The legend of bourbon – "America’s native spirit" – "obscures the actual history of the trade," reports Max Watman in a Wall Street Journal review of Kentucky Bourbon Whiskey by Michael R. Veach. The mythology starts with the story that, "in the late 1780s, the Rev. Elijah Craig bought barrels from a fish merchant and cleaned them out by charring the insides … before he put his whiskey on board a boat bound for New Orleans, where the formerly clear whiskey was found to have an appealing amber glow and a taste mellowed by interaction with charred oak."
The problem with the story is that "barrels made to store fish wouldn’t have been watertight." What’s more, Rev. Craig was already a successful distiller at the time, and certainly "would have known that distillers in France had been aging brandies in charred barrels since the 15th century. At some point, they started doing the same in Kentucky. It’s not as romantic as accidental revelation, but it is the truth." The mythology continues with the way "the nation’s distillers" market bourbon, as "one part olde apothecary (look at the labels) and one part log-cabin folklore."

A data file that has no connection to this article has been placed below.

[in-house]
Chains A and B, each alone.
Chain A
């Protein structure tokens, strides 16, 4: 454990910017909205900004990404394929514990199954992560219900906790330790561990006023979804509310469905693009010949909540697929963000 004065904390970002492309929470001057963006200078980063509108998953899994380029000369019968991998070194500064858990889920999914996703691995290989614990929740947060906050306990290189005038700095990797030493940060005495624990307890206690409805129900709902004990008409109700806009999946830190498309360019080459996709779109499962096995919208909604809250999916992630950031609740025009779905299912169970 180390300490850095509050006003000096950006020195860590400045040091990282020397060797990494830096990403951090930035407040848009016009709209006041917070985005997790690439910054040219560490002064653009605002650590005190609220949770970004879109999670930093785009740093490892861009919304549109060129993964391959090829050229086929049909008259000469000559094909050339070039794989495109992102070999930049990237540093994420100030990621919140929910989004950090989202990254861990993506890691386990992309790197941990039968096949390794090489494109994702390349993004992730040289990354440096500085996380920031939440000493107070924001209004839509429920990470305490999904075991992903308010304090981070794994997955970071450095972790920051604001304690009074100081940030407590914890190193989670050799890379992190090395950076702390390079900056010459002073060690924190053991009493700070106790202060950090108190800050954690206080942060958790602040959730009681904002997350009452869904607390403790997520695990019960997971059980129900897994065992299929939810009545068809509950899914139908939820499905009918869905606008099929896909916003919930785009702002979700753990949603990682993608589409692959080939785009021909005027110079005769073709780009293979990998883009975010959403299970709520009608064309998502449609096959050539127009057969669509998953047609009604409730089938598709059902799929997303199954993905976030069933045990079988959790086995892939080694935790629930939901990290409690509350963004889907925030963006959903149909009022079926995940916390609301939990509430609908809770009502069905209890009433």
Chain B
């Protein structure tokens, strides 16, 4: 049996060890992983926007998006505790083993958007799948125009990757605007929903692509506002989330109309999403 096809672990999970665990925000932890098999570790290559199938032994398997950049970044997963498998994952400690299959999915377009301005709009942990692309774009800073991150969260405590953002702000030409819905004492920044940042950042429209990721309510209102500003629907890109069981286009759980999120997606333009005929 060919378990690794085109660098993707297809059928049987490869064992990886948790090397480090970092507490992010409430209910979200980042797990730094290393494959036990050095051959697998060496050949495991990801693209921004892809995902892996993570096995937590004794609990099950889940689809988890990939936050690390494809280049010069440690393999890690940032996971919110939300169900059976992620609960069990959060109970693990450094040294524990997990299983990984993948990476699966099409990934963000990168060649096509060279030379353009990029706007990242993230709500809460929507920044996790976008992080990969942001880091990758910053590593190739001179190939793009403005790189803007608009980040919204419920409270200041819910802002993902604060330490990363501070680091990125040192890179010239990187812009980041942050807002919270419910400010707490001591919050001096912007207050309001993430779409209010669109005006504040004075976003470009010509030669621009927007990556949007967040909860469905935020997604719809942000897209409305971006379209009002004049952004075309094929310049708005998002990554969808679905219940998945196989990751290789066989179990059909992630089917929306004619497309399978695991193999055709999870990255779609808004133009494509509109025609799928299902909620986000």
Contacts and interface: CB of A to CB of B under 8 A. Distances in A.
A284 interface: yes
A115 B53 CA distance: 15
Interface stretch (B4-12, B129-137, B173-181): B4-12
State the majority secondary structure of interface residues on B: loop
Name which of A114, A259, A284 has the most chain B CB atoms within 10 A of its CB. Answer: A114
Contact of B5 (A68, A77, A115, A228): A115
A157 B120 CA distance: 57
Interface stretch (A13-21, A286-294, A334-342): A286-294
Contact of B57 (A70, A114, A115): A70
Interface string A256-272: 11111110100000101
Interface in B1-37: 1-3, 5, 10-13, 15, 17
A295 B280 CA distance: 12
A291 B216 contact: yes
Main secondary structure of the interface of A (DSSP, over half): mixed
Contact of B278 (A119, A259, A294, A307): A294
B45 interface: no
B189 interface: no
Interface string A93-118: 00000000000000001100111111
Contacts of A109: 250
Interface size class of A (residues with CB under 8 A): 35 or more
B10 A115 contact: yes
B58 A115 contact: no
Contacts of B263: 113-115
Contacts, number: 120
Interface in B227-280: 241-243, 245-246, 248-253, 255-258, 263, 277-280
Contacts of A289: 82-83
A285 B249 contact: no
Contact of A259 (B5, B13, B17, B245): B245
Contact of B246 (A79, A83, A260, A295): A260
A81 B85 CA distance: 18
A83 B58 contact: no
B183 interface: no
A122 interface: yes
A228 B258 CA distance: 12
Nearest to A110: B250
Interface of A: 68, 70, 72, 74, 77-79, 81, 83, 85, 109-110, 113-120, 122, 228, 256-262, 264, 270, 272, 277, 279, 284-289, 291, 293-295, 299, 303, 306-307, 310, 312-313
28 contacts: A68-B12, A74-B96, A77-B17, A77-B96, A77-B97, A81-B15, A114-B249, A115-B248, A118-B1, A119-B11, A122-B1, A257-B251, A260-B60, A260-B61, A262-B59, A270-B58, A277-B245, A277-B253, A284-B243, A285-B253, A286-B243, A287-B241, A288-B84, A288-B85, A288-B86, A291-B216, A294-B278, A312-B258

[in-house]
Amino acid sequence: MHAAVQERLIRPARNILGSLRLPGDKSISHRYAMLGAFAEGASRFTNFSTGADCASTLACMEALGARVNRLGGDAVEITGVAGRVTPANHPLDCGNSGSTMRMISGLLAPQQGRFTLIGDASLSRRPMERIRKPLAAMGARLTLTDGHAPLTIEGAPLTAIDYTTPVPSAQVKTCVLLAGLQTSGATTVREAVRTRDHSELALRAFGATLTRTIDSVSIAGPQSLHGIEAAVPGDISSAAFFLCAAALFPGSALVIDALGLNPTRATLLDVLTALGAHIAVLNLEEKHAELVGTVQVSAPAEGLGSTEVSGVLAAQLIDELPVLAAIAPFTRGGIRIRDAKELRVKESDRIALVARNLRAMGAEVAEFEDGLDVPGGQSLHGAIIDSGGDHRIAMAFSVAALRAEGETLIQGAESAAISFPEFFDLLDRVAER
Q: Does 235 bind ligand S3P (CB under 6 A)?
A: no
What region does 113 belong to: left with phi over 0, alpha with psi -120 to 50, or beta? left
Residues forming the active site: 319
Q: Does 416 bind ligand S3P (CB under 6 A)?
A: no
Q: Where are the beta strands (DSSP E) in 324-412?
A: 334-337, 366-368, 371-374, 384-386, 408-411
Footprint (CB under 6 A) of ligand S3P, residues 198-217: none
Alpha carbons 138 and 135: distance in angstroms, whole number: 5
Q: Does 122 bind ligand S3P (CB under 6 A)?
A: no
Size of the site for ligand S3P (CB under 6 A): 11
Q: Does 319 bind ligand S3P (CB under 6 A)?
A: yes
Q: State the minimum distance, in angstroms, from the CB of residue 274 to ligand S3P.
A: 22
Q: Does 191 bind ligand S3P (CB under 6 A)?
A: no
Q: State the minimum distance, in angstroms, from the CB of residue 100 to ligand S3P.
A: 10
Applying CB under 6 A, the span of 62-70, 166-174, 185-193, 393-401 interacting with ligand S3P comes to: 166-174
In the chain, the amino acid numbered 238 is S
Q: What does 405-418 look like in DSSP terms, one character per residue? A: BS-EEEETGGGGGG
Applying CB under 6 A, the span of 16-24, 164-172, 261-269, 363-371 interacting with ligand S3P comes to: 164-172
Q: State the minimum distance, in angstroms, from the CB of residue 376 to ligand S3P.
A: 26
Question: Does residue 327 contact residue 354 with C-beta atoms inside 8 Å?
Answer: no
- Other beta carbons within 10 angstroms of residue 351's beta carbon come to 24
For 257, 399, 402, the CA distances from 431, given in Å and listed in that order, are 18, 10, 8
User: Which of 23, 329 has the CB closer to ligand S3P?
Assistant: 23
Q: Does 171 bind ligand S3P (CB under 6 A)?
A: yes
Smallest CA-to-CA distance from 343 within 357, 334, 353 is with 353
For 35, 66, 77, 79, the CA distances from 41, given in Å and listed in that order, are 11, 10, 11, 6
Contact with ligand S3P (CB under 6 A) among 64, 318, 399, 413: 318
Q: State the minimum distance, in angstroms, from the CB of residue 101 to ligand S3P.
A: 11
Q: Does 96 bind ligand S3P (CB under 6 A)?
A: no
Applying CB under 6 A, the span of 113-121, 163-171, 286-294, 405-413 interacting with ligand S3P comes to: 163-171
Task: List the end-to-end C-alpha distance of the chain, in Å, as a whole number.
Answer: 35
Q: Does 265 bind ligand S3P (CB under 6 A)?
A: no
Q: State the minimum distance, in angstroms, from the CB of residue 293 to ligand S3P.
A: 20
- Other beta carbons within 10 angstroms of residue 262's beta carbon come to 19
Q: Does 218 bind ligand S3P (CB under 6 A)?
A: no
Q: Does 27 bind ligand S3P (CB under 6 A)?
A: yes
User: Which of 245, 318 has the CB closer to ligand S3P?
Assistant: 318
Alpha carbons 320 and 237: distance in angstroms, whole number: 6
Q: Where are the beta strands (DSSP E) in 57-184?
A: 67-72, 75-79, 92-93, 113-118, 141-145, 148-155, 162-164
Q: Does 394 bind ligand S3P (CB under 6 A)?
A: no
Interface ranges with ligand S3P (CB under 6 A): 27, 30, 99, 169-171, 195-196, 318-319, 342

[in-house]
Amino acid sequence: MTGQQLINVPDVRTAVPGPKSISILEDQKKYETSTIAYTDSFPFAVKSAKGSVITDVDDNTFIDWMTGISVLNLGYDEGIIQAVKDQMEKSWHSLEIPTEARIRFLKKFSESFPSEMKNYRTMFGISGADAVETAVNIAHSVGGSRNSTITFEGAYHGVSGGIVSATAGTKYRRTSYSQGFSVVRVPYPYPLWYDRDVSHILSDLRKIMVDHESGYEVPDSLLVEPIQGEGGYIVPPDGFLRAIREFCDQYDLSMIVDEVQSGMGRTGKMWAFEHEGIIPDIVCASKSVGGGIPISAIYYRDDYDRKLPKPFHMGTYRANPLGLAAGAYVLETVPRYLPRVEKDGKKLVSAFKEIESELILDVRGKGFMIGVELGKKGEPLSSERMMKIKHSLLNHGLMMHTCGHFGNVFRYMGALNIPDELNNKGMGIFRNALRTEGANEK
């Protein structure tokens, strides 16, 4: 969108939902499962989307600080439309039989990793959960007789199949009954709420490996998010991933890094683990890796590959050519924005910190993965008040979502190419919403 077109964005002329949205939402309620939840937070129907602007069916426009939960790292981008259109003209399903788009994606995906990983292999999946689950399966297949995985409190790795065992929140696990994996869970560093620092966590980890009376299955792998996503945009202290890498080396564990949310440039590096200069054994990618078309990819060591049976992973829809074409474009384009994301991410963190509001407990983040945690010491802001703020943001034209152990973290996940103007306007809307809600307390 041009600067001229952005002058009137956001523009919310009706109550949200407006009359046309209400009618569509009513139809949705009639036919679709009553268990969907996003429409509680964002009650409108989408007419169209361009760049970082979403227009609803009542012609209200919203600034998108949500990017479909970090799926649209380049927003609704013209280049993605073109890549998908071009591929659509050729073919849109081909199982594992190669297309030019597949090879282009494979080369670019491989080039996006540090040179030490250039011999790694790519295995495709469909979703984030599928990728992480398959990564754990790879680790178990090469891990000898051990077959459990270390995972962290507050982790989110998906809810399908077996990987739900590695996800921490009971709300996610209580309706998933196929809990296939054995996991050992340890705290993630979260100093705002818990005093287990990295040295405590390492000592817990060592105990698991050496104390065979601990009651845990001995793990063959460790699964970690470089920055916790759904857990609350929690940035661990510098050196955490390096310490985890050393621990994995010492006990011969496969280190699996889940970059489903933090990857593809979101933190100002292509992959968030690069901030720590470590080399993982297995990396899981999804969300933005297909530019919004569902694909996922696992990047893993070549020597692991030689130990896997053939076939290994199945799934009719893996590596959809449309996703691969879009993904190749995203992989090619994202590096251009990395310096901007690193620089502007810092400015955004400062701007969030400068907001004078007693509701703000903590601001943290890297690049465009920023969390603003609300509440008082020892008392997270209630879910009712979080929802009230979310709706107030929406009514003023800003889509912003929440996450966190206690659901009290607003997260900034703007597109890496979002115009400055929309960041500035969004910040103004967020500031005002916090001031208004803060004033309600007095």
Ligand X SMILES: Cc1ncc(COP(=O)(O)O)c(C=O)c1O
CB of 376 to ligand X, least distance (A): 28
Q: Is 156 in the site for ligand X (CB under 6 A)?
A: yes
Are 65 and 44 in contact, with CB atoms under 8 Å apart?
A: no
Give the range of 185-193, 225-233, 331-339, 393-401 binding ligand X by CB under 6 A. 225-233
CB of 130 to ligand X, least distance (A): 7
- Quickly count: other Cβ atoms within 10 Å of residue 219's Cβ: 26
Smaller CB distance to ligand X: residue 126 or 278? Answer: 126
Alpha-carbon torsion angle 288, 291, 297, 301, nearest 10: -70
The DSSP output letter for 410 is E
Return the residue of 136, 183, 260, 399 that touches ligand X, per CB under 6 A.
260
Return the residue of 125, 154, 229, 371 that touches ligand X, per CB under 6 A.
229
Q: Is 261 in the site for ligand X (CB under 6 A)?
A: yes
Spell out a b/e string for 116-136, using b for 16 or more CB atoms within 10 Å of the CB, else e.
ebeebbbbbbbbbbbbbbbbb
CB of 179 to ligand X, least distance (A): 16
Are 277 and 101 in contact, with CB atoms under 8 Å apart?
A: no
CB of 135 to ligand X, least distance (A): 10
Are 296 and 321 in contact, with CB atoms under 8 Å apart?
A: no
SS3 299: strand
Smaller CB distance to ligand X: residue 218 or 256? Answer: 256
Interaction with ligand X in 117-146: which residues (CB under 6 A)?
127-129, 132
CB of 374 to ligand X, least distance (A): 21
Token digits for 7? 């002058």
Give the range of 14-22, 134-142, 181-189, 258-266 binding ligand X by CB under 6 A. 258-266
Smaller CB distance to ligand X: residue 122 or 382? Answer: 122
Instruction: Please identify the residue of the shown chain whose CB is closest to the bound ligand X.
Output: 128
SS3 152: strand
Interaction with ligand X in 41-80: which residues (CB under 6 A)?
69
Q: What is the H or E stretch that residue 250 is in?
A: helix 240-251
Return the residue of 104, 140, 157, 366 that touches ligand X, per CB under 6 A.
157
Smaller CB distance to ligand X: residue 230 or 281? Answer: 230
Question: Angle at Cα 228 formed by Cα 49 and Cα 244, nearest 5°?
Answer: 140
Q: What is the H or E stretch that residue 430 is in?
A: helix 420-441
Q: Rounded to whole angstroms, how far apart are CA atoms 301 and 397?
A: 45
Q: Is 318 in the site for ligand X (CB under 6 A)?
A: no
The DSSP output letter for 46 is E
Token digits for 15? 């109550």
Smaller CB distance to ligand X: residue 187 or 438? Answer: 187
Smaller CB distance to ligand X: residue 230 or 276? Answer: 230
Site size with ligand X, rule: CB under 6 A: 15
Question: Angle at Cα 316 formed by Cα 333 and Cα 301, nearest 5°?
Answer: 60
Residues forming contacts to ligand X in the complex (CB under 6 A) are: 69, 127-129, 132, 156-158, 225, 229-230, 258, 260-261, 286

Bourbon recipes supposedly are "family secrets, closely guarded while generations stirred the same small pot and proudly bottled their whiskey in the family cave." In some cases, however, the whiskey was faked, with clear spirits flavored "with tea and wintergreen, colored with cochineal and burnt sugar." This led James E. Pepper to seal his corks with a stamp, and market his whiskey as "Genuine Pepper." Meanwhile, the label on bottles of Evan Williams claim "Since 1783" and "Kentucky’s 1st Distiller." Wrong and wrong: The bourbon is actually from a distillery called Heaven Hill, established in 1935. In other words, bourbon labels should be thought of as "works of art, not public record."